Fans of ghost stories and traditional horror fare actually have a great deal to choose from on Netflix. Stand-out entertainment with a supernatural theme run the gamut from kid-friendly animated shows to respected television series to the start of horror franchises. A list of the most notable follow, presented in alphabetical order.
American Horror Story: Murder House
Every season of American Horror Story is different, if equally off the wall. However, not all of them involve classic hauntings. But the inaugural season -- with the revised title of Murder House -- is as pure as it gets. It gives the genre a post-millennial update, complete with a spectral figure in a vinyl bondage suit and a marriage laden with secrets of a 21st century design. Besides its artful wit and reasonably grisly violence, it carries a sense of ongoing doom in a house that’s never too full for a few more unhappy spirits.
The Conjuring and The Conjuring 2
With The Conjuring: The Devil Made Me Do It currently streaming on HBO Max, now makes an excellent time for fans of the series to reacquaint themselves with the first two entries in the Conjuring universe. The original Conjuring entails a haunted farmhouse that draws the attention of the franchise’s leads, Ed and Lorraine Warren. The Conjuring 2 involves a supposed poltergeist in an English home. Both are based on real cases, though the filmmakers take huge licenses with the facts in the name of bigger scares.
Guillermo del Toro wanted to pay homage to the great Gothic haunted house stories of the 19th century with Crimson Peak, complete with family secrets, phantom visions and a house that is both vibrant and rotting. The production design overwhelms the story at times, and the reveal doesn’t quite hold the power that it should. However, the house itself is a work of art, and the three leads -- Mia Wasikowska, Jessica Chastain and Tom Hiddleston -- do strong work. Star Trek fans should watch for a pre-Discovery Emily Coutts in a supporting role and Doug Jones as a pair of the film’s ghosts.
The Haunting of Hill House and The Haunting of Bly Manor
Between The Haunting of Hill House, The Haunting of Bly Manor and his feature adaptation of Doctor Sleep, Mike Flanagan delivers the Holy Trinity of American haunted house stories to audiences. Based on Shirley Jackson’s The Haunting of Hill House and Henry James’ The Turn of the Screw, respectively, Netflix's pair takes a great deal of creative license with the source material, partly to better fill out a limited series run. However, they make up for it in the disquieting way the supernatural plays out in the two haunted houses. As such, neither the audience nor the protagonists can quite put their finger on what is so terribly wrong.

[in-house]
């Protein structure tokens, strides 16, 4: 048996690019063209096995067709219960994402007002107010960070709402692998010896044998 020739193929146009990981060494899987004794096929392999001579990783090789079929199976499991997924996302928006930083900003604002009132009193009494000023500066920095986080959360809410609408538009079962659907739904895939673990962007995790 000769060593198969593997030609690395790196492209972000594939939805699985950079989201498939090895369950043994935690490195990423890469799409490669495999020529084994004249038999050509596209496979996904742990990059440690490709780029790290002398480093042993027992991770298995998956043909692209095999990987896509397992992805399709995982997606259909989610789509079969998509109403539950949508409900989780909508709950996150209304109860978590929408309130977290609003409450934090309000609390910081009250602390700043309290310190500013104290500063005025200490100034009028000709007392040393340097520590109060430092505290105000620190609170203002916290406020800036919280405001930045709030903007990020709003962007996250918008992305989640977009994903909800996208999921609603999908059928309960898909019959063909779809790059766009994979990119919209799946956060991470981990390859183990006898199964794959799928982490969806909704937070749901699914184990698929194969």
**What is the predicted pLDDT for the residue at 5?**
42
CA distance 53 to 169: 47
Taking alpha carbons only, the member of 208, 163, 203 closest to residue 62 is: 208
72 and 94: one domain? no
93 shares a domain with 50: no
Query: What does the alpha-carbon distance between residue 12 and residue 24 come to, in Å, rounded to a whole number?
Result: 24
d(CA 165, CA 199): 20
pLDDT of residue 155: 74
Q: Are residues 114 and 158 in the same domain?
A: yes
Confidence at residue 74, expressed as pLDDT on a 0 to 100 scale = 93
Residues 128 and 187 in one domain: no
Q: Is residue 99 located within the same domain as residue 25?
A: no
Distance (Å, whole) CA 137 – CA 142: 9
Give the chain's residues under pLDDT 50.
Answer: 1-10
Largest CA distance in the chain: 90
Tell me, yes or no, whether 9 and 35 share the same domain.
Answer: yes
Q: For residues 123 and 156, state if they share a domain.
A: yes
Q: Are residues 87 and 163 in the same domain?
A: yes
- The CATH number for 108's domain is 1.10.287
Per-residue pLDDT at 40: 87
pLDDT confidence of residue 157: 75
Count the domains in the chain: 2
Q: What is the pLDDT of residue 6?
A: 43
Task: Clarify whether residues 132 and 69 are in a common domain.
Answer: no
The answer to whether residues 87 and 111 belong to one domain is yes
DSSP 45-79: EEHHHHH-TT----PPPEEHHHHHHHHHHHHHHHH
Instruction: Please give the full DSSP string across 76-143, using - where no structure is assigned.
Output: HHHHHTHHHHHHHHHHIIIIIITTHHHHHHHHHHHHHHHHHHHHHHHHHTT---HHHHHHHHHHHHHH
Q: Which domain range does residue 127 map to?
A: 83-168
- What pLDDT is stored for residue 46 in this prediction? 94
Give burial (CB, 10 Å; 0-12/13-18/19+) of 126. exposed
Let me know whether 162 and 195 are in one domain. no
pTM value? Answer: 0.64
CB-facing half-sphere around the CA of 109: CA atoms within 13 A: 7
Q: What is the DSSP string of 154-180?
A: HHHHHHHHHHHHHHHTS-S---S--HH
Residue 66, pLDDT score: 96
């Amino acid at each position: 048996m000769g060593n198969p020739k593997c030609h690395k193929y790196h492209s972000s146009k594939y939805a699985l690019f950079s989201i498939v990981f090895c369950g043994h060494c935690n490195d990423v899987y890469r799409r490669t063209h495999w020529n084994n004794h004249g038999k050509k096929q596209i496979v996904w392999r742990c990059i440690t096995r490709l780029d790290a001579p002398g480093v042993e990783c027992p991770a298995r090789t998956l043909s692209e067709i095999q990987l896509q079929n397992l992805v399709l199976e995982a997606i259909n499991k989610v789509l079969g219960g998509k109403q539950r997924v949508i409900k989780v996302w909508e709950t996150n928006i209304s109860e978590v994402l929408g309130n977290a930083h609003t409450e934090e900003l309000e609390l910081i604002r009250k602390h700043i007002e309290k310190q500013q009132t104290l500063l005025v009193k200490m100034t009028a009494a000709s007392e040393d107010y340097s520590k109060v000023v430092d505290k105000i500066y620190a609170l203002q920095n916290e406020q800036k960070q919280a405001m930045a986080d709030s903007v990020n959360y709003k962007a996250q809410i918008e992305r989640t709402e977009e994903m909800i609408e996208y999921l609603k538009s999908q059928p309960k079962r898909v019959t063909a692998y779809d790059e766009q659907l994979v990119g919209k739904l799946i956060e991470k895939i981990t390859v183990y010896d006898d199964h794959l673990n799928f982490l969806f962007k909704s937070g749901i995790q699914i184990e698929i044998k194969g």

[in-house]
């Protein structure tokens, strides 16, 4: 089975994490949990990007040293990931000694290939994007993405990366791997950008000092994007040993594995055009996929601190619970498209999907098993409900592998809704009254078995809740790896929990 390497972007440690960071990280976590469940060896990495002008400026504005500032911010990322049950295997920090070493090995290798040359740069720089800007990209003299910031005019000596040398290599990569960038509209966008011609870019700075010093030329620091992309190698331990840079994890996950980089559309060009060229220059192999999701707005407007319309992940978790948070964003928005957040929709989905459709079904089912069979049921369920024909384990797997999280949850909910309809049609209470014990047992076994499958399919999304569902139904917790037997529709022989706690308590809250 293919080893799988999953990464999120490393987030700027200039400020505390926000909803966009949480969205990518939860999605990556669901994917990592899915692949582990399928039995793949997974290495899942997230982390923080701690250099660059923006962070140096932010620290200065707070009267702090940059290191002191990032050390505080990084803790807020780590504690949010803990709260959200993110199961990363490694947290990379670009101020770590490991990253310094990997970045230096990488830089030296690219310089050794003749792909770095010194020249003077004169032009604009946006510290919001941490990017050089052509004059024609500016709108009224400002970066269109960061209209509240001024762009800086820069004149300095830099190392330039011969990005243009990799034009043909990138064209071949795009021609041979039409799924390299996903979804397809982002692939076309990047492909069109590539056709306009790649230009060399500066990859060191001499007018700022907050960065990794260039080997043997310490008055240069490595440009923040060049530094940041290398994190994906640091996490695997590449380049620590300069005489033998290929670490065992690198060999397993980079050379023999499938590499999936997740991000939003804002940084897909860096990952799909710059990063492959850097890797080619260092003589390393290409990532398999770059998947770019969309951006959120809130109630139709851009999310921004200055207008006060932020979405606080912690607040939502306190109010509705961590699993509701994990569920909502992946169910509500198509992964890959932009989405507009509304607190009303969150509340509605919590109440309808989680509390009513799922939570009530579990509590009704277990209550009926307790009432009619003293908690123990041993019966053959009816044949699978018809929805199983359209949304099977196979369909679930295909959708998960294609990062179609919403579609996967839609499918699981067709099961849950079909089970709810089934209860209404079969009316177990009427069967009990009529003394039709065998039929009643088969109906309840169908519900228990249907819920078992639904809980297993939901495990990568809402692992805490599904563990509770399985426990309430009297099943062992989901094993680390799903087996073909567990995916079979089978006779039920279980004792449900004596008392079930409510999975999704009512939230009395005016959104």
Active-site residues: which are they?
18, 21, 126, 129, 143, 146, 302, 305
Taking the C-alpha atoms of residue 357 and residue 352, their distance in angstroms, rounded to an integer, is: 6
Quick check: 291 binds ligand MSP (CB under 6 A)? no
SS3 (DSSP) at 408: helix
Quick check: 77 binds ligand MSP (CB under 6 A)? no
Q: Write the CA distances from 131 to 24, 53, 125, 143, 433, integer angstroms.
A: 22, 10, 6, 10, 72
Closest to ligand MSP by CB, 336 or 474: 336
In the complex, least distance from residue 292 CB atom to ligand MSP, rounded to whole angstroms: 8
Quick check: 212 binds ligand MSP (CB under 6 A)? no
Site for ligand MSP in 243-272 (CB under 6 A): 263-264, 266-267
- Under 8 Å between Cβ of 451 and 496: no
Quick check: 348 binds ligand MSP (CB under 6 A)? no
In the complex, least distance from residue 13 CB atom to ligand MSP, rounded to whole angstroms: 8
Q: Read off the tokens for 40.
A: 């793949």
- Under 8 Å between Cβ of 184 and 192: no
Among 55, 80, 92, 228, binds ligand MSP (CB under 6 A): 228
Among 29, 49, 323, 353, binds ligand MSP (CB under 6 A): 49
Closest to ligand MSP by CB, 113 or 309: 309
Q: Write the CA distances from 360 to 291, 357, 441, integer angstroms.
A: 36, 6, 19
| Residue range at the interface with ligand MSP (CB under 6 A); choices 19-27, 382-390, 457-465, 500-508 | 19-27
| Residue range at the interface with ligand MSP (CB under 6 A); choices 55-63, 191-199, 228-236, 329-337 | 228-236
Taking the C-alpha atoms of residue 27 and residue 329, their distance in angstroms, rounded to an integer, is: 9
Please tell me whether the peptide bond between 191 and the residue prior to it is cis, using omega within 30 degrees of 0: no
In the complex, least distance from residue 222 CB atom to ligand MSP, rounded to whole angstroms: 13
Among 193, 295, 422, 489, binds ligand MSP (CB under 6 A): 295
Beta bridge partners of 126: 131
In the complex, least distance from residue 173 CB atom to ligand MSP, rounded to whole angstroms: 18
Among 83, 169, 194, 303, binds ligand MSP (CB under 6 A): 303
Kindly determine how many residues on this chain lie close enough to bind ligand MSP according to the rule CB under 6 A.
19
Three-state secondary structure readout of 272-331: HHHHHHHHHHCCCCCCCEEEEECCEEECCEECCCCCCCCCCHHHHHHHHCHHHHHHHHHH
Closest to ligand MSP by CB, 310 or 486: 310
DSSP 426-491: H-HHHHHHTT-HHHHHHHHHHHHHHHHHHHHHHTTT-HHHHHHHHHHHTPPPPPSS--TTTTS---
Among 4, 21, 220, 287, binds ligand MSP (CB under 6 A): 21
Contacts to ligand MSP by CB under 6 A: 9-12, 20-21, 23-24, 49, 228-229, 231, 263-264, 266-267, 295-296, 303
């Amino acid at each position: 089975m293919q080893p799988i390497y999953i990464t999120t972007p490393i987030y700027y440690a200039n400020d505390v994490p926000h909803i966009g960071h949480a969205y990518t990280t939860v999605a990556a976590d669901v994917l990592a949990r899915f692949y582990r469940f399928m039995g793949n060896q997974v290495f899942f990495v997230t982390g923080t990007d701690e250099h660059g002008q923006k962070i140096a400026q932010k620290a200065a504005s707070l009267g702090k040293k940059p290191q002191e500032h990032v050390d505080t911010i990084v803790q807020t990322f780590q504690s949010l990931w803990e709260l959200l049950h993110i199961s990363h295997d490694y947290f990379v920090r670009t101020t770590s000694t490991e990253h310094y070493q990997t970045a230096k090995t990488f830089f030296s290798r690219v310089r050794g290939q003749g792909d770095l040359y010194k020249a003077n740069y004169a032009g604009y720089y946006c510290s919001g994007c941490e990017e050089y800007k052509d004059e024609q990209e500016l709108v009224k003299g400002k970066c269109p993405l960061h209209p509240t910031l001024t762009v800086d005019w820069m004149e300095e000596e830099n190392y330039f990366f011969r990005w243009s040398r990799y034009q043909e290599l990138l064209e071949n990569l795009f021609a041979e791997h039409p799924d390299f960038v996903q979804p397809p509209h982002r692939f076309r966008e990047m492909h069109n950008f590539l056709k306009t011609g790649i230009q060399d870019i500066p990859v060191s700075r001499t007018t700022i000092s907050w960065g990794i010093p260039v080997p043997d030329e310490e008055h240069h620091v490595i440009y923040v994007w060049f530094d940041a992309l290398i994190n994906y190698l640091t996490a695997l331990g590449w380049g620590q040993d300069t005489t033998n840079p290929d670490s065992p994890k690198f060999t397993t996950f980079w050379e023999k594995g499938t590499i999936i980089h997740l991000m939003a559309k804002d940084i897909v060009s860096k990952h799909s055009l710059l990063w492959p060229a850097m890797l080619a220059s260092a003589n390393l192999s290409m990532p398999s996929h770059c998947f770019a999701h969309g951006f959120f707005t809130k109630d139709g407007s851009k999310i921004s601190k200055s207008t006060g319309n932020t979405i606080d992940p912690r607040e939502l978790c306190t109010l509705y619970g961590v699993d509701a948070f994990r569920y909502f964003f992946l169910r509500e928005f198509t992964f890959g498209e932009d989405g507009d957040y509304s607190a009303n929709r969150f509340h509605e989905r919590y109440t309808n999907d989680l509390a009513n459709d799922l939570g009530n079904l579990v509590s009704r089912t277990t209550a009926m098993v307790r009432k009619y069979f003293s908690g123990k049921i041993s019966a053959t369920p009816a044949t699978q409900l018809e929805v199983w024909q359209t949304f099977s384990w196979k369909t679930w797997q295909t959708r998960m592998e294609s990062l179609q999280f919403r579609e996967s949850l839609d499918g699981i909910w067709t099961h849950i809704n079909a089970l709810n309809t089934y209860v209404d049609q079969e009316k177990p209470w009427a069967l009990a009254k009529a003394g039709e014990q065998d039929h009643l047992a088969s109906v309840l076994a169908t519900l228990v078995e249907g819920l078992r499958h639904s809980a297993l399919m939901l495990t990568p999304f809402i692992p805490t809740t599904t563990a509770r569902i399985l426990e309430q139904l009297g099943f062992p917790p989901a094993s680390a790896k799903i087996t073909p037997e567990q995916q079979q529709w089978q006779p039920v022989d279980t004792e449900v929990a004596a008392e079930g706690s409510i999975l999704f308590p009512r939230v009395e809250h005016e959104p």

This 2010 supernatural thriller can sometimes be mistaken for a Conjuring film, thanks to a similar theme and the presence of star Patrick Wilson. Director James Wan purportedly made it as a way of stepping back from the ultra-gory Saw franchise and toward a more atmospheric style of horror. Indeed, Insidious' atmosphere is a big part of the appeal, overcoming a familiar story about a family arriving in a new home, only to experience an increasingly terrifying series of supernatural occurrences. Insidious spawned a franchise of its own, with three sequels to date.
Laika’s animated cult classic is only about two shades scarier than the likes of Scooby-Doo. ParaNorman's stop-motion animation is akin to The Nightmare Before Christmas. Yet, despite a similar tone and outlook, it’s something entirely different. Its titular hero is an 11-year-old boy who speaks with the dead. He is forced to team up with his vapid sister and a host of other local oddballs to prevent an undead curse from overrunning their town. Though heavy on the humor, it has a soulful heart, and the cause of the town’s disturbance carries surprisingly real scares with it.
Unfriended is, frankly, a gimmick: turning a Zoom-style social chatroom into a de facto haunted house. But the way it deploys its scares is unique to the social media age, as a circle of high schoolers shames a classmate into suicide with a viral video. It expertly plays on the physical distance of the victims -- who can see and hear each other but are absolutely helpless to act in anyone else's defense -- in imaginative and brutal ways. With the post-pandemic Zoom meeting becoming the new normal, Unfriended is worth a visit and may have more staying power than it initially appeared.
What’s New Scooby-Doo? and Scooby-Doo! Mystery, Incorporated
For ghosts of a less overtly horrific nature, these two post-millennial reboots of the durable Great Dane and his friends in Mystery, Inc. fit the bill perfectly. Of the two, only the second contains actual ghosts. What’s New reverts to the “classic” formula of criminals impersonating ghosts. Either way, the sharp writing and great vocal cast provide enough in-joke sophistication for old-school fans without upsetting the good-hearted nature of Scooby and the gang. What’s New Scooby-Do? is also notable for being Casey Kasem’s last series outing for voicing Shaggy and Frank Welker’s first for voicing Scooby-Doo.